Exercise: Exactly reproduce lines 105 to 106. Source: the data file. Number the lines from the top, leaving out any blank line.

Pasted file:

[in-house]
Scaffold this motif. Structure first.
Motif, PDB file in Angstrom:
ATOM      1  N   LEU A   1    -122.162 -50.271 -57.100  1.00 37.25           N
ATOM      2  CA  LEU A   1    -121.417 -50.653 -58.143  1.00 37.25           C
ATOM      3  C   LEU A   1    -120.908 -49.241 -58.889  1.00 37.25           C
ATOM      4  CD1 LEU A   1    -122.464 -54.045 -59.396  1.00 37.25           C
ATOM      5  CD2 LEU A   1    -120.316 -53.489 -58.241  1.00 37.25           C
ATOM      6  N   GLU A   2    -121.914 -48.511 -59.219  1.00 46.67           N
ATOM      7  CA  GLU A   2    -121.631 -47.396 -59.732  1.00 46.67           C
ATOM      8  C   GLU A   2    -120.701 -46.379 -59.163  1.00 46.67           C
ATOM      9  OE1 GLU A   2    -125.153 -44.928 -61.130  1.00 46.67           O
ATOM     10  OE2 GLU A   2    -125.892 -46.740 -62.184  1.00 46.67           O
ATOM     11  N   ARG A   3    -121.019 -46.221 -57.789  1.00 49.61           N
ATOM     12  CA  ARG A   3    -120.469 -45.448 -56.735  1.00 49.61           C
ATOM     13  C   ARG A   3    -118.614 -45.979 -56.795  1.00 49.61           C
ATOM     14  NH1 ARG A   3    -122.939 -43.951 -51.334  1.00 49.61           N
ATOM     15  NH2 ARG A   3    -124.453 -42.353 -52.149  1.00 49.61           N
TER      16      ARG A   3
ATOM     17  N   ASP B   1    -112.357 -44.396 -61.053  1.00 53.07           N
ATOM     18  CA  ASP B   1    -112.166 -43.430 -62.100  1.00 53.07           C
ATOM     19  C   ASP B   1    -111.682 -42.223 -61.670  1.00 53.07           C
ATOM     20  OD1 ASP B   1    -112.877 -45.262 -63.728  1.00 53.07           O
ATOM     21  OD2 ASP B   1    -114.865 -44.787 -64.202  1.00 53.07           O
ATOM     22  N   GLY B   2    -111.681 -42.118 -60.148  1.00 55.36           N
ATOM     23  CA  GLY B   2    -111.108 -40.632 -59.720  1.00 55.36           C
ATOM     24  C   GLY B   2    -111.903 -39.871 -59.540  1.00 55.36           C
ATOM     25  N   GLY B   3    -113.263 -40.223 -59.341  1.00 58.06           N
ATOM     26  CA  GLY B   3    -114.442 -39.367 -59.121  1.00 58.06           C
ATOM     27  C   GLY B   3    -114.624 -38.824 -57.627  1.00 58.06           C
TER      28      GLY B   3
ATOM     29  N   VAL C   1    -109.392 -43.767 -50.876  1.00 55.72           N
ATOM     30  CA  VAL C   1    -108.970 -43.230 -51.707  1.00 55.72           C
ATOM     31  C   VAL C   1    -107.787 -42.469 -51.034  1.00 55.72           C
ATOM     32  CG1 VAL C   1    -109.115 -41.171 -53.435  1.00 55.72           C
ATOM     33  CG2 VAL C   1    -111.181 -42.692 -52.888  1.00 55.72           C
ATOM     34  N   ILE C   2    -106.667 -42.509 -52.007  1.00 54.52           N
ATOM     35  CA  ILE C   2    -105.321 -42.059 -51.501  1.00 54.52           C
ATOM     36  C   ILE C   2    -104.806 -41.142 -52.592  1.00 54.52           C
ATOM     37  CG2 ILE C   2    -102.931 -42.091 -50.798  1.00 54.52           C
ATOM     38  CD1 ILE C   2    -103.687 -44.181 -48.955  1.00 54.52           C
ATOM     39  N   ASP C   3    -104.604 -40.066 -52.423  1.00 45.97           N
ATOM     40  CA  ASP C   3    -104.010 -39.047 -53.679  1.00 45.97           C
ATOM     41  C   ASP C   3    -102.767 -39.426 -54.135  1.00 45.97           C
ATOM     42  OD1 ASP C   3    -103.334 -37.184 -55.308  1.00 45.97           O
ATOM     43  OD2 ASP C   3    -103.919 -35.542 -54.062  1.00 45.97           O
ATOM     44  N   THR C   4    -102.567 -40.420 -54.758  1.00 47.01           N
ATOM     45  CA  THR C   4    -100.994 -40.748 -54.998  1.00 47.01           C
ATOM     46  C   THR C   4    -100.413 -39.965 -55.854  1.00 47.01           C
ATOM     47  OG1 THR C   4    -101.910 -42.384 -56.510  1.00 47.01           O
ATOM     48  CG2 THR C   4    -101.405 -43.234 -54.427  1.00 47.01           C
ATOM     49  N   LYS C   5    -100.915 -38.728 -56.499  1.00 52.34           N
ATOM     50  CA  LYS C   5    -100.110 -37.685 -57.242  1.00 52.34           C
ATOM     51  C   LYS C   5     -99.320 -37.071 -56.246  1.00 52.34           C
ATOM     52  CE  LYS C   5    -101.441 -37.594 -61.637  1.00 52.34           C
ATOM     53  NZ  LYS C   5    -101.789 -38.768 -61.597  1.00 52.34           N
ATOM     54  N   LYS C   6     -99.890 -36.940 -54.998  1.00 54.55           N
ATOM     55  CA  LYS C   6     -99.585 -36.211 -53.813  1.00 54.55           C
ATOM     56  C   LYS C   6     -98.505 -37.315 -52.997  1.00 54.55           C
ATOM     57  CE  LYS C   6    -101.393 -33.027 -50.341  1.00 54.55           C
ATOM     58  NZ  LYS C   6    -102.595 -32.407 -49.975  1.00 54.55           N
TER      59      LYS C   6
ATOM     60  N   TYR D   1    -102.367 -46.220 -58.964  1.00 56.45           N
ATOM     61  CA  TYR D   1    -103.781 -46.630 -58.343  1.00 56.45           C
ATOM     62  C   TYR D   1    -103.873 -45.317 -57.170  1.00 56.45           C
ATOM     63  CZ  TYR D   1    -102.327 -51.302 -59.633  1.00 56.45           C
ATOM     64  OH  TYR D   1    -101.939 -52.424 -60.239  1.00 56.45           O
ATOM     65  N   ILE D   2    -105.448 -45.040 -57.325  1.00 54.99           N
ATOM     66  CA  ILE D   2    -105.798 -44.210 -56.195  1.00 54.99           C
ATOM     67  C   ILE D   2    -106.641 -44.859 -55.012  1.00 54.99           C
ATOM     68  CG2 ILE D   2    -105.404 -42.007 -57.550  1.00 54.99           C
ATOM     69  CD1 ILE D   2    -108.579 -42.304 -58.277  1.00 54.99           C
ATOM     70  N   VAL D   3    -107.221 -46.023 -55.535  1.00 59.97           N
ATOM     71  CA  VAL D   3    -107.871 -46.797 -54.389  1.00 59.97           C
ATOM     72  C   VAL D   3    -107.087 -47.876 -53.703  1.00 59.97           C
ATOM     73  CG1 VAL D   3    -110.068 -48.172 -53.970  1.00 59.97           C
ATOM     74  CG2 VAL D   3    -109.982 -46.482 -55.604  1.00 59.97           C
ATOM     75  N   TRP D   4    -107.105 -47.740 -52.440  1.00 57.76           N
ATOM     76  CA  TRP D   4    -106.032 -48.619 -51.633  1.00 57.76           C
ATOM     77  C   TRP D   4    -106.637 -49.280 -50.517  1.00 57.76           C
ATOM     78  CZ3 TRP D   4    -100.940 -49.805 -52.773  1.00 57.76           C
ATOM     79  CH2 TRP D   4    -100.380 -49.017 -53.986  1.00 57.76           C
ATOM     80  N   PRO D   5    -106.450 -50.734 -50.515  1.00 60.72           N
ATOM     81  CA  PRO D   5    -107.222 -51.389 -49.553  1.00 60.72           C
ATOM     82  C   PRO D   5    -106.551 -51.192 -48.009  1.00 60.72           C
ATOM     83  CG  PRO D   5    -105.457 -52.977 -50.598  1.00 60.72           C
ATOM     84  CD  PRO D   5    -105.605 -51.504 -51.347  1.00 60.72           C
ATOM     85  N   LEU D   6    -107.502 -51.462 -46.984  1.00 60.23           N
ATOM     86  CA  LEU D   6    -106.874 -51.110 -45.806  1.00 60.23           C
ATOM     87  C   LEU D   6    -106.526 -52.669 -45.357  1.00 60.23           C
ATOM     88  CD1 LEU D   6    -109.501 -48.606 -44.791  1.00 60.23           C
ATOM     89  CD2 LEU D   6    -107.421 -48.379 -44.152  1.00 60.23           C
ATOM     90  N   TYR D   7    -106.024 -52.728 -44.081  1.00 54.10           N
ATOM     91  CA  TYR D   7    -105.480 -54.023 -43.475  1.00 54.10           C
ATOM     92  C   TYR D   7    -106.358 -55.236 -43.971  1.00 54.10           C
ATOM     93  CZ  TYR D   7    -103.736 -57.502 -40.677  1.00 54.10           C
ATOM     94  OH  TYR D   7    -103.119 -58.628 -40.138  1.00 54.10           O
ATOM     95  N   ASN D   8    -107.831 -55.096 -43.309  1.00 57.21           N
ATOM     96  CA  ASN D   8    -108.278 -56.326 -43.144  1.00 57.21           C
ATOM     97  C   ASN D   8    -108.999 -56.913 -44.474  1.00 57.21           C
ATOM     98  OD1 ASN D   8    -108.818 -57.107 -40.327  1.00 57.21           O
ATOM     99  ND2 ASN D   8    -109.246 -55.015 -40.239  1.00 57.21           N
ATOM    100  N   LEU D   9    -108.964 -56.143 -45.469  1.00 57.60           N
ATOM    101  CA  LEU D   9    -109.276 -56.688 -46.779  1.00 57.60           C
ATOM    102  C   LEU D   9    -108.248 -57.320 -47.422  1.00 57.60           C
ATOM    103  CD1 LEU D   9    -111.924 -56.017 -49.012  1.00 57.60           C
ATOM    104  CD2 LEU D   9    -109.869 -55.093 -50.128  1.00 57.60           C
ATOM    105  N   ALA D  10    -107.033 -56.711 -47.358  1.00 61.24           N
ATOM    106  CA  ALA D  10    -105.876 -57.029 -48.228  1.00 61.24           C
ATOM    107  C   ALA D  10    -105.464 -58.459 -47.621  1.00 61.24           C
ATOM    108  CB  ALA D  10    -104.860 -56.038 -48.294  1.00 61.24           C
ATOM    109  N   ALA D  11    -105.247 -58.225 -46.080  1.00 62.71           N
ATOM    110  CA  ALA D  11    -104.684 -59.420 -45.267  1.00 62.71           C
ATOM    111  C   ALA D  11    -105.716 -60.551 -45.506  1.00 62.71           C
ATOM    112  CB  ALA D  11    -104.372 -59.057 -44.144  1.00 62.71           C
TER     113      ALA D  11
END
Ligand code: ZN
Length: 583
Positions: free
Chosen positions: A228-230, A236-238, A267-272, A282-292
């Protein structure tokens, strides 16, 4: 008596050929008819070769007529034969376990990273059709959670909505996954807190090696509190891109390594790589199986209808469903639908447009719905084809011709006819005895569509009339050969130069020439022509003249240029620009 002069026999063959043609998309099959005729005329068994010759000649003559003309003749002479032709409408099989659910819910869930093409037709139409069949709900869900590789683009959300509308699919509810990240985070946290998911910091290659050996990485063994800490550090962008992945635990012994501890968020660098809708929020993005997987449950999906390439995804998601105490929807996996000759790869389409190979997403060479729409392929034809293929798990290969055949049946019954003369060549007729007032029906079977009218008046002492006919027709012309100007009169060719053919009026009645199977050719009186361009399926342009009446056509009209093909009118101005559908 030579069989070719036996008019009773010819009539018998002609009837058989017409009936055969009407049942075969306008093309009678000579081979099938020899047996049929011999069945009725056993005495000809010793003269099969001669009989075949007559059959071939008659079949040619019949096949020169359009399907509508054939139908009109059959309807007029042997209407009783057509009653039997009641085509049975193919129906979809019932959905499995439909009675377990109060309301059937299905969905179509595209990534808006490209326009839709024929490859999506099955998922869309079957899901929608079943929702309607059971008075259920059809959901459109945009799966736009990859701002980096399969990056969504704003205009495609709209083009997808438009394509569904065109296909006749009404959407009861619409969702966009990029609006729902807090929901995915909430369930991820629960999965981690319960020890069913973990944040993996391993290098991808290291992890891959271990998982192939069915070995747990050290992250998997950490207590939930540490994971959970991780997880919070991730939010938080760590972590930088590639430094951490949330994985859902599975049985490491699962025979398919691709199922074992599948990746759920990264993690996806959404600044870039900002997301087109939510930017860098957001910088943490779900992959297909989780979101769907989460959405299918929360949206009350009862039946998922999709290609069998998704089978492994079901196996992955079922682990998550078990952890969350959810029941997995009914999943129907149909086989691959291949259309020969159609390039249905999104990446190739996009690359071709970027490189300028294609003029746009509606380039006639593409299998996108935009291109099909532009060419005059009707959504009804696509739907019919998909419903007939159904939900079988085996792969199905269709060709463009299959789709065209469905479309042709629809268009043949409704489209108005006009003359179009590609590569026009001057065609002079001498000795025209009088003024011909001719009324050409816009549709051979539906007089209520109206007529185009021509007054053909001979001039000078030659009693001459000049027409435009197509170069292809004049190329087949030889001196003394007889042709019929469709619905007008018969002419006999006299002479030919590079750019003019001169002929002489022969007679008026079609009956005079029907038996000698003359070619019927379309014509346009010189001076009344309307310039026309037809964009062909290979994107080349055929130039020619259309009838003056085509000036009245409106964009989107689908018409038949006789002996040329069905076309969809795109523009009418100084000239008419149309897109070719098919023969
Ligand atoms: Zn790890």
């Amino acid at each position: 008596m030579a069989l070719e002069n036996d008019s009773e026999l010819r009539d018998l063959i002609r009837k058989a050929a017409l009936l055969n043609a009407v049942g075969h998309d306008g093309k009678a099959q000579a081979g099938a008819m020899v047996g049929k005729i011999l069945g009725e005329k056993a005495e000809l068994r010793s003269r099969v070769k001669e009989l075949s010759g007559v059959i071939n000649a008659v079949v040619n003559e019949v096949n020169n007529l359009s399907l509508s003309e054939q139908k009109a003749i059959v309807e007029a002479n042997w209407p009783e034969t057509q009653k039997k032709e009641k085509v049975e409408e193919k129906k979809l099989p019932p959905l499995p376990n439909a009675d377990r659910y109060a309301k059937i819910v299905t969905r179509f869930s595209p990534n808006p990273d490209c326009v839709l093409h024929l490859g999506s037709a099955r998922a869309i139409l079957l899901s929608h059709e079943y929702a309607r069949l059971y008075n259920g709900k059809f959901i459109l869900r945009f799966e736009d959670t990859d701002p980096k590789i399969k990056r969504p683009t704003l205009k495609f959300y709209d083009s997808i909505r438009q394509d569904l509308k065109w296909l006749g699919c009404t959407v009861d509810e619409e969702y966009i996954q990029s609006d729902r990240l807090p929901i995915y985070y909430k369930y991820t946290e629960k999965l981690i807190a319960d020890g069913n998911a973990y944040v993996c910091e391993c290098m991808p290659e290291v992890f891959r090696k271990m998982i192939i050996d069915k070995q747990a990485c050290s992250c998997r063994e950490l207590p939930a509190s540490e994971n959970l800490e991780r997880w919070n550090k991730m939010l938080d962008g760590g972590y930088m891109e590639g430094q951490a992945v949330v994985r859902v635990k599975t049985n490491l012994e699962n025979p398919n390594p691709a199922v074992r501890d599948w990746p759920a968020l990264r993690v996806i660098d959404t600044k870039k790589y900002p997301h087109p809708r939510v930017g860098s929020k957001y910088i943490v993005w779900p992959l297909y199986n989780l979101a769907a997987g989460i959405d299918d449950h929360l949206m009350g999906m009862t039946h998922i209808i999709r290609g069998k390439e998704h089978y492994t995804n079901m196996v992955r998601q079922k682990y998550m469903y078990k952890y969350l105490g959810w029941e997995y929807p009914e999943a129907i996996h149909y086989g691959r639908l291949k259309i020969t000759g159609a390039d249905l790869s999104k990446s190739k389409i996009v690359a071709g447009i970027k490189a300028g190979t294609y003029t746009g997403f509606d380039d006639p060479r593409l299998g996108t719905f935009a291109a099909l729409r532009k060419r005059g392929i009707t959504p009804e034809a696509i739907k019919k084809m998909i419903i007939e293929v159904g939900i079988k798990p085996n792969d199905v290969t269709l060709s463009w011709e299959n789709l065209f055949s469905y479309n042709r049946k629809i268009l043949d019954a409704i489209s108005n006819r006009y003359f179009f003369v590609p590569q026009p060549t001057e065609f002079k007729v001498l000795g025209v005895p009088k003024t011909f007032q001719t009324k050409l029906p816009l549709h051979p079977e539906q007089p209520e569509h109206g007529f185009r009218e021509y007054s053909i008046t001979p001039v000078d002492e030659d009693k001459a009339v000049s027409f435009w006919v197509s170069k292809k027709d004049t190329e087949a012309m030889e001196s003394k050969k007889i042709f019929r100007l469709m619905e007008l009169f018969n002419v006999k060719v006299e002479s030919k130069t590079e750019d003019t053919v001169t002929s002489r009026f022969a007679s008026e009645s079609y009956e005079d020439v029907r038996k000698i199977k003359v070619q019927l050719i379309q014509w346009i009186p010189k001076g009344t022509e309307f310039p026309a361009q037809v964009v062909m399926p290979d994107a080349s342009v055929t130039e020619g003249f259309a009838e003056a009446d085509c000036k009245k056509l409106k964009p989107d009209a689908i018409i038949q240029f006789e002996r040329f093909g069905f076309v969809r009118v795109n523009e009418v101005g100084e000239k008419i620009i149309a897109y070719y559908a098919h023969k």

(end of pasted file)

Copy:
ATOM    102  C   LEU D   9    -108.248 -57.320 -47.422  1.00 57.60           C
ATOM    103  CD1 LEU D   9    -111.924 -56.017 -49.012  1.00 57.60           C